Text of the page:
Oh, and I don't see any problem with you promoting your 3d related article on a 3d forum with some enthusiasm. Also, if you decide to publish first and eventually go online later I don't understand how someone could have a problem with that.

The article is yours and you promote and distribute it how you see fit without having to explain yourself.

However, Exception does have a point. I would even add to his argument that if you want to see the techniques catching on and evolving fast the web would be the better medium, even if it were a paid download or on a subscription tutorial site. (Yes yes, I heard you, it''s not a tutorial, but you get my point).

Happy xmas to all....uhm...soon

monovich
12-18-2008, 11:21 AM
I don't think the color work in the feature films mentioned above is intended to hide poor compositing. Very artists put those movies together, and the looks achieved are exactly what the director intended.Love it or hate it, its a style thing, not a mistake or a mask for bad work.

gerardstrada
12-20-2008, 04:43 AM
Gerardo, i am very interested in this and will get the magazine.

I have VERY often noticed big CG/Realfilm integration problems that I (in my ignorance of this particular subject) have atributed to poor compositing or inacurate lighting.

Jurassic Park, Minority report, 300, Matrix to some extent, Star Wars, Hulk...even Two Face in Batman, are just some examples that come to my mind.

I would even go as far as to say that the colorburned outwashed post we see in so many movies these days is a direct result to hide these flaws.

I think the Iron Man FX have been the best integrated I have seen so far, so I guess it's catching on.

Very curious to learn more aout this.


I think as Monovich that the most of them are definitively a decision of visual style or have nothing to do with compositing. But some others..hmmm.

Don't surprise us that there are still things that lack to be dominated in CG. Just consider there were two shots in the film The Day After Tomorrow - which has awesome VFX - that had to be eliminated from the movie (due to their monumental complexity, photo-realism was unviable). But in such a case, it had to do with technology, not with talent.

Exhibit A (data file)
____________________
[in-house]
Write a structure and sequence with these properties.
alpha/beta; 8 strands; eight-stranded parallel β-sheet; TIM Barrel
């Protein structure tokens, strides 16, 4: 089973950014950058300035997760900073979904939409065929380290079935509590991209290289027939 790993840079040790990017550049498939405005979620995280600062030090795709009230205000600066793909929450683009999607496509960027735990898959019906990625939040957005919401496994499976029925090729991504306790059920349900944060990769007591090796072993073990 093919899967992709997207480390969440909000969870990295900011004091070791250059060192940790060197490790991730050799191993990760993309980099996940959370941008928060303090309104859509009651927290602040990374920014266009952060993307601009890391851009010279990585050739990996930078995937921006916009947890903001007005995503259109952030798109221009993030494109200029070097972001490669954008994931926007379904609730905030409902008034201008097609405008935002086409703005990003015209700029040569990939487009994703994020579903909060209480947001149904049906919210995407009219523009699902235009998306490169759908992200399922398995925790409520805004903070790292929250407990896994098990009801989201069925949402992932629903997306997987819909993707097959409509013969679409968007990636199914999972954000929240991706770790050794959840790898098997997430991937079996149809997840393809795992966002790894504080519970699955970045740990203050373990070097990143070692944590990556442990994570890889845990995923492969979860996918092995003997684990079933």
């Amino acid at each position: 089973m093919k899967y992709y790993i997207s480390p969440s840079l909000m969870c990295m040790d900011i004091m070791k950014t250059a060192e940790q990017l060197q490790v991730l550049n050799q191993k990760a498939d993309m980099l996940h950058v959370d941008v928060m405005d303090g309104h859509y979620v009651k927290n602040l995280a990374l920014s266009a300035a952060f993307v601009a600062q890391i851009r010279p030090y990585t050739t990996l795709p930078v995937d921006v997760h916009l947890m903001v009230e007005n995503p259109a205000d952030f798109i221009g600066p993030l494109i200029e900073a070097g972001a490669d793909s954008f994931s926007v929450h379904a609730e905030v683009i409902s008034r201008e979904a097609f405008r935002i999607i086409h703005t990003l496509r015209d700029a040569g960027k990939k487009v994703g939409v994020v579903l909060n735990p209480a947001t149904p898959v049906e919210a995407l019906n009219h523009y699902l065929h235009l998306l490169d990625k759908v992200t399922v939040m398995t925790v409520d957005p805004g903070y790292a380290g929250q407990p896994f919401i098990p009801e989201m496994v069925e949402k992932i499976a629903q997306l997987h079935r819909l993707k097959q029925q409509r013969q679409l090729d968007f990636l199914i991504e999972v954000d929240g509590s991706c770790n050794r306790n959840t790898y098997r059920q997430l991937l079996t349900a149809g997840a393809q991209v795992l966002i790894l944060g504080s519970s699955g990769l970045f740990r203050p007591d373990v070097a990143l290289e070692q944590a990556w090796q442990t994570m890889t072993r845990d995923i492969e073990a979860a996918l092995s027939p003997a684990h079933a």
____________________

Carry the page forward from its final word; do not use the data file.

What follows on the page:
Results not so excellent are commonly not related to artists talent - which in the level you refer, are top notch - it can be due mainly to workflows and working methodologies of the companies they work for, which influence a lot to techniques and pipelines, planning and deadlines (and even working dynamics of a team).

These production schemes are influenced also by the size of the company. At east in my experience, boutique studios schemes are commonly able to deliver less amount of work but higher quality. Some big VFX houses had also copied some work schemes from small houses to improve their results and vice versa. Six or seven years ago for example, ILM recognizes some problems in their working schemes related to the technical complexity of their tools, inter-operation between their artists and supervisors and the fact they had too much specialists doing many small parts of the work which bureaucratized simple tasks. In those days, they asked why smaller studios were able to deliver better work in less time. They adopted some working schemes from small studios to speed their work up (more and better generalists than specialists). They changed their GUI and systems in such a way many technical aspects were hidden behind the scenes for their CG artists (many of them don't even know their linear workflows are already implemented in the structure of their systems), they splited the work in small groups and put together all the people who worked in teams, etc. Results improved a lot after some changes.

On the other hand, small studios try also to adapt workflows and pipelines used in more larger companies. This is commonly very expensive for small houses, but some of them have terrific generalists, whom can manage very complex technical aspects that expensive systems already have automated (here, knowledge can be as good as a lot of money, if not even more). These CG professionals are worth their weight in gold.